You probably know where this went from there. There was another visit, there was a kiss. We couldn't tell anybody—not out in the boonies in 1998—which is why I couldn't tell anybody when the phone calls started. Ten, eleven at night—asking me if I was at home, who was with me, what I was doing. She'd leave flowers in my locker—always those same wild, white roses from home—and ask me over lunch about the girls in the changing room during gym.
And then came the mandatory swim unit in January. Mallory kicked me in the head while I was underwater, and when I woke up I did it in the hospital. They pulled me out of the pool after I didn't resurface. My mom asked if I wanted her to call Mallory, because we were “so close.”
I spilled everything. I told my mother I hadn't known what to do, with another girl so much more popular, so influential, acting so interested in me. I told her about the argument right before we got in the pool. And I told her something else, something I wasn't proud of then, something I'm not proud of now:
I told her I was pretty sure it wasn't an accident.
Stories like this usually end with one of the parties dead, or arrested, or in a mental ward somewhere. This one doesn't. Mallory just disappeared—didn't show up to school the following Monday. Her parents swore they'd dropped her off at the doors. Her picture was on TV. The police were looking for her. She couldn't possibly have just vanished. And yet somehow she had. I was sure someone would kill me for driving out their It Girl darling, but that didn't happen, either—people didn't talk to me as much, but nobody tried to drown me in a toilet, or get me expelled for having a pack of cigarettes in my locker. It was weird—even weirder than her disappearance—but, I kept telling myself, it'd get better.
About three weeks before the end of term, I opened my locker and started screaming. I wasn't the only one, either, once everyone saw what'd spilled out.
There were hundreds, maybe even a thousand, white roses crammed into my locker. All fresh. They tumbled over my sweater and my skirt, buried my shoes and unearthed a neatly folded pile of clothes atop a pair of dress-shoes completely unlike my faded sneakers.
Blouse. Tights. Skirt. Tie.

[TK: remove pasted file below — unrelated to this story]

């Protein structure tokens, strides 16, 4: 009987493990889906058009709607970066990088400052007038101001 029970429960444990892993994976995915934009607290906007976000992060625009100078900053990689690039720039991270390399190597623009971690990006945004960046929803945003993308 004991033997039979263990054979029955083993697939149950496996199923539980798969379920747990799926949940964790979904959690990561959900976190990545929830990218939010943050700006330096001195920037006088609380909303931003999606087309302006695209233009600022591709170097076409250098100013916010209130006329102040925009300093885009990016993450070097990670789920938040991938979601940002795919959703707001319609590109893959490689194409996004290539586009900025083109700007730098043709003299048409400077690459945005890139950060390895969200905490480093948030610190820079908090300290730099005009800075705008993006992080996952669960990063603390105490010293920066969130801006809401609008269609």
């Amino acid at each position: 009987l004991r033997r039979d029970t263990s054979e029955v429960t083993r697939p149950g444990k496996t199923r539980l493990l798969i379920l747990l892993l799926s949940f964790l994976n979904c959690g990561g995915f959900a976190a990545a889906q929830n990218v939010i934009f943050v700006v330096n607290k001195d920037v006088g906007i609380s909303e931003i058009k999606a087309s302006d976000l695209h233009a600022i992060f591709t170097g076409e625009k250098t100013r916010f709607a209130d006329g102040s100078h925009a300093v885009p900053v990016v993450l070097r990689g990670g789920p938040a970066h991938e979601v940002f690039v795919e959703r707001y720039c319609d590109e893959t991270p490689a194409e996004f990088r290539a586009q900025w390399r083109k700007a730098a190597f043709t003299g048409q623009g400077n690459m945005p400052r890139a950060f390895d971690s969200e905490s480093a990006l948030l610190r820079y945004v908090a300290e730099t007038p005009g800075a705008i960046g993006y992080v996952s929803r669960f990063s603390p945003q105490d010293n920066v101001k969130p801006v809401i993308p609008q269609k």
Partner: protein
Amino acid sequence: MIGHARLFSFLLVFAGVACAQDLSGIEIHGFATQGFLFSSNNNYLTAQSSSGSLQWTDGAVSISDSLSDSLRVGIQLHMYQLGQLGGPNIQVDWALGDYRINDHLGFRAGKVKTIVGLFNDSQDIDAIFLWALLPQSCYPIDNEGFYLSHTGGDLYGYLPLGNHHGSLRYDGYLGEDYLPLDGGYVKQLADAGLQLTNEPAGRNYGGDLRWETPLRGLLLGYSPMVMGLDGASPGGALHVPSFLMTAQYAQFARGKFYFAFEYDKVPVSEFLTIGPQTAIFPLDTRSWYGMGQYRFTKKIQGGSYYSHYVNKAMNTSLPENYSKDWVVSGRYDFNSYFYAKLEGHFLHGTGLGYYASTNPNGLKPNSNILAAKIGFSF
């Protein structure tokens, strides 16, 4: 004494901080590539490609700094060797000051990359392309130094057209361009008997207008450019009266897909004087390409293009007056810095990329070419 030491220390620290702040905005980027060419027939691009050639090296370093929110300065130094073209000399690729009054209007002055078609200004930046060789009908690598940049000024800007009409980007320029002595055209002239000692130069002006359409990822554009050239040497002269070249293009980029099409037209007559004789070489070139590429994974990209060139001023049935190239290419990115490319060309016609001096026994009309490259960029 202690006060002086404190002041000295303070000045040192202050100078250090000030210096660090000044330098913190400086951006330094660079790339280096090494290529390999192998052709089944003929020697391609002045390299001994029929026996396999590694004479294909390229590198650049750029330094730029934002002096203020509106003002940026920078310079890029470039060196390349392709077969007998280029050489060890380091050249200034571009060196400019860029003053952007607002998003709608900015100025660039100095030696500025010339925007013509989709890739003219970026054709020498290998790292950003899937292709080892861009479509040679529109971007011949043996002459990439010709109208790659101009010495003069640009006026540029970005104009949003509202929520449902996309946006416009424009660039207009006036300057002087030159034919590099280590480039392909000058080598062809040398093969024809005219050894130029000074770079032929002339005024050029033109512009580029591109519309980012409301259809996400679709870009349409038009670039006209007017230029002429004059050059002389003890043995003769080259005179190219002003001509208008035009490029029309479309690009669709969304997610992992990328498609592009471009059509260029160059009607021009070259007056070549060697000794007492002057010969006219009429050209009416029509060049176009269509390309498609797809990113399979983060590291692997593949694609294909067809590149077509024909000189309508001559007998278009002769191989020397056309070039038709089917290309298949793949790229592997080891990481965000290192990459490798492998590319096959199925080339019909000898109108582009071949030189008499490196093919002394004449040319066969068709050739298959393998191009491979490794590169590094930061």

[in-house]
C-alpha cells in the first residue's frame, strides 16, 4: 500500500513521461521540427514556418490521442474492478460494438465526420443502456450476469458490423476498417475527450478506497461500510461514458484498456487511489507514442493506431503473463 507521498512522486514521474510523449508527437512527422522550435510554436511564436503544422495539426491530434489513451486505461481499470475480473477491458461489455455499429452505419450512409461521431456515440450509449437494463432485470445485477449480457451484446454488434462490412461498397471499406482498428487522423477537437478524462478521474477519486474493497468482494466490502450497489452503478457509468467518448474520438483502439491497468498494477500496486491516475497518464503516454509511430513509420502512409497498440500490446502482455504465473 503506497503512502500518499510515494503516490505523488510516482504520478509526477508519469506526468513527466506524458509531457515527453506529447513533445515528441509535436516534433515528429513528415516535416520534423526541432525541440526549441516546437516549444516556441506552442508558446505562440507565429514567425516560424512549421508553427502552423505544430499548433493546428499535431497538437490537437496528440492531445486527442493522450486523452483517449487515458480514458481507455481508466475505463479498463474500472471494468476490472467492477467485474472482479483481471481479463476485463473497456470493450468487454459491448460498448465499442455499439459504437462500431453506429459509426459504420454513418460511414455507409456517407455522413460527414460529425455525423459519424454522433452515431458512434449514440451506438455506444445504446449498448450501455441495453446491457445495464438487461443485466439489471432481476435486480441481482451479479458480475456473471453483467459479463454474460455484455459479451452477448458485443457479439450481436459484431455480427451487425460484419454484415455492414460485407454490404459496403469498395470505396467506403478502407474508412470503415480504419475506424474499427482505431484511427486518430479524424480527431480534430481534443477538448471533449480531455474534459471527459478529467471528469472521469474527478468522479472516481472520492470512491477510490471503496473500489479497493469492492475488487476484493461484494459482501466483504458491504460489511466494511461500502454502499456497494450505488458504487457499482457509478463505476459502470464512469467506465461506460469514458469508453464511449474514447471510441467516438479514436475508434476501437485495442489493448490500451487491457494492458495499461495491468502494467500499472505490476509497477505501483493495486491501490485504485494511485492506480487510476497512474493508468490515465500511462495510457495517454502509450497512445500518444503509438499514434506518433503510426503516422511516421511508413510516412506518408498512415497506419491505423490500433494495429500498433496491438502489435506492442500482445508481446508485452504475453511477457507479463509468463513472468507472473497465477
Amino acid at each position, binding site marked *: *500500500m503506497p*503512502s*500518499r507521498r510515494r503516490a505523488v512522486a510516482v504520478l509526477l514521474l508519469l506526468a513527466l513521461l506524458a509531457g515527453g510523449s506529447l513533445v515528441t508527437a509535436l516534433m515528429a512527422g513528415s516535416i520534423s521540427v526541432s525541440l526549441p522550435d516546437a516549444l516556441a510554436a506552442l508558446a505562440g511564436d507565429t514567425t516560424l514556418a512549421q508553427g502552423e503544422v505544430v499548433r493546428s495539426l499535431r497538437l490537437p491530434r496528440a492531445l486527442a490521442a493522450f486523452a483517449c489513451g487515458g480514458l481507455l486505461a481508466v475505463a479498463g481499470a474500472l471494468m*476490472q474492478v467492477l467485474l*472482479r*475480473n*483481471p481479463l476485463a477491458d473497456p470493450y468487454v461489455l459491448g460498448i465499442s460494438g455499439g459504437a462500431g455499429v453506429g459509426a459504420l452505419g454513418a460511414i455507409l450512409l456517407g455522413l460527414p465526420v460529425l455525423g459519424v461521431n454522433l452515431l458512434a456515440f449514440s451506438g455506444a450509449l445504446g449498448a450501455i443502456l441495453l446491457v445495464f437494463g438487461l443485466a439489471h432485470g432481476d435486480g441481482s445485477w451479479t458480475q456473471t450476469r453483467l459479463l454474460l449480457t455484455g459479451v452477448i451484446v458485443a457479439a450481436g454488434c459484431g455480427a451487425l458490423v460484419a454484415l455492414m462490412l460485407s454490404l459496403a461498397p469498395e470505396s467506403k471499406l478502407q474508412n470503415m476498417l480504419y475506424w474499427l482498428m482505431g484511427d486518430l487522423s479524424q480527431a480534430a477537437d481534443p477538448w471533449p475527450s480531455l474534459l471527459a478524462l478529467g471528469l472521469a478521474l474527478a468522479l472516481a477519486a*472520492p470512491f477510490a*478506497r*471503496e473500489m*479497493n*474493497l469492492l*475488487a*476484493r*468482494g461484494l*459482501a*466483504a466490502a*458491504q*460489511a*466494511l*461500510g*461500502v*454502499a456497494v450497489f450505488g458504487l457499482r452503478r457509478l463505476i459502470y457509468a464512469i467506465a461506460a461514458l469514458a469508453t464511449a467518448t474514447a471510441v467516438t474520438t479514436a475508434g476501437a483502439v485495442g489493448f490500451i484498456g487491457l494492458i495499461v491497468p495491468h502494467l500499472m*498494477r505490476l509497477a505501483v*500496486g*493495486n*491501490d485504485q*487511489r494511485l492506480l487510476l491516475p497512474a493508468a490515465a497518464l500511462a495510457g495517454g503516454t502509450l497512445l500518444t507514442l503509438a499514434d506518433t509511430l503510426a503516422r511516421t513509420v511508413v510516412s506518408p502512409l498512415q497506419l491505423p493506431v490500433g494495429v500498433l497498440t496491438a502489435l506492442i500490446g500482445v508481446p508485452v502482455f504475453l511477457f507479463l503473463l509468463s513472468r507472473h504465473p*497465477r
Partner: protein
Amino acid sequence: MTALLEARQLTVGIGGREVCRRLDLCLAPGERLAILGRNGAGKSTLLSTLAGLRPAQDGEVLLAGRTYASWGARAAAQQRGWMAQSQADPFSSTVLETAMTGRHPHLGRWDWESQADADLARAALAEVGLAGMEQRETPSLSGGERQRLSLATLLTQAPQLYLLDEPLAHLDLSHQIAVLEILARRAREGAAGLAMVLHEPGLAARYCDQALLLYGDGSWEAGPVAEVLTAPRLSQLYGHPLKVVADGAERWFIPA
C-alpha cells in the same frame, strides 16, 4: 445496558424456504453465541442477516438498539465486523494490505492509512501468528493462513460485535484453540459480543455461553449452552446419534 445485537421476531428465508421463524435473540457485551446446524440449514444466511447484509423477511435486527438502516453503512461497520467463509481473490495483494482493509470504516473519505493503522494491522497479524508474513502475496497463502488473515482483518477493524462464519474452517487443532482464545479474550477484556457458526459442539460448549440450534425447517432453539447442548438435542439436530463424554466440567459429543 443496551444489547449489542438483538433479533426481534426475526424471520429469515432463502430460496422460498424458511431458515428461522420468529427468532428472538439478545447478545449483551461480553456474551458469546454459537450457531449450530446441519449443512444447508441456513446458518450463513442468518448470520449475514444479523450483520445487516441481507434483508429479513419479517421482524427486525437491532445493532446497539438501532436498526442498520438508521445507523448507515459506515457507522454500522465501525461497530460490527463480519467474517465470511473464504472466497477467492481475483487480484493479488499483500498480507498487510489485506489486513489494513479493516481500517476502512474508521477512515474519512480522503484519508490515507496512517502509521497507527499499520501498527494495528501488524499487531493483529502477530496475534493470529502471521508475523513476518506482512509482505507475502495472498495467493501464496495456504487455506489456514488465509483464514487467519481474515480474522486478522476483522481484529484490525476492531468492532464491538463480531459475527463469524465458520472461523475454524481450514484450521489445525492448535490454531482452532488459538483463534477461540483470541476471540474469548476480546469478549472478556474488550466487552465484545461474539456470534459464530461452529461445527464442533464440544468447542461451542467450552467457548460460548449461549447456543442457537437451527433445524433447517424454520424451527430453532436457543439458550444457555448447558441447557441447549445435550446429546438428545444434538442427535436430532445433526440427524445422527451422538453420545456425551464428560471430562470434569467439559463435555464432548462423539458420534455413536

A teacher came running at the sound of screams. The teacher went for another teacher, who went for the principal; and finally someone lifted the blouse out of my locker looking for a nametag in the collar, and we saw the black sharpie letters written across the front.
"WHITE ROSES," they said. "INNOCENCE, SYMPATHY, PURITY." The principal turned the shirt just as everyone's eyes turned to me, and so I was the first one—other than Mr. Danvers, at least—who saw the words across the back:
"YOUR FLOWERS LIE JESSIE."
Sorry. I know I keep interrupting, but floral smells really get to me these days, and I swear it's worse when I remember how that locker smelled for the entire rest of term—
Where was I?
End of term. I transferred out, and do you blame me? In those pre-Columbine days it was easy to sneak in and out, but where was she for all those weeks between that winter breakup and the end of May? I should have come clean long before her threats turned near-fatal, but would it have made any difference?
That was almost twenty years ago. I moved across the country for college, and there I stayed. About six years ago, I met a woman named Rachel, who didn't care a whit for flowers but loved to cook. Our friends called it a fairy-book romance. She only brought me flowers once—a dozen roses for our first Valentine's Day—and never again. That was when I came clean about Mallory and the mystery flowers in my locker; the year I spent with a girlfriend intent on possessing me, who probably saw an easy target in a girl too boring to be bullied. Last year we got married, and we all say hooray for happy endings.
Our anniversary is today, so you might be wondering why I'm typing this alone in a cheap hotel room. It's a very simple answer: I got home last night and Rachel was gone. No signs of forced entry. Dinner in the oven, her shoes and jacket still in the front hall.
But there was also a bouquet of a dozen white roses in the middle of the table, so I turned off the oven, grabbed an overnight bag, and ran. I don't know how Mallory found us after all this time; I don't know where Rachel is. I hope she's dead. Is that terrible? I have this awful feeling that for Rachel, being dead is going to be better.
It's the hotel room, you see. I laid down for a nap when I got here, exhausted from adrenaline, on top of a long workday. According to my phone, I was out for about forty minutes. A call to the front desk proved I'm the only one with a keycard. Nobody else has been up here.
The room is hip-deep in white roses.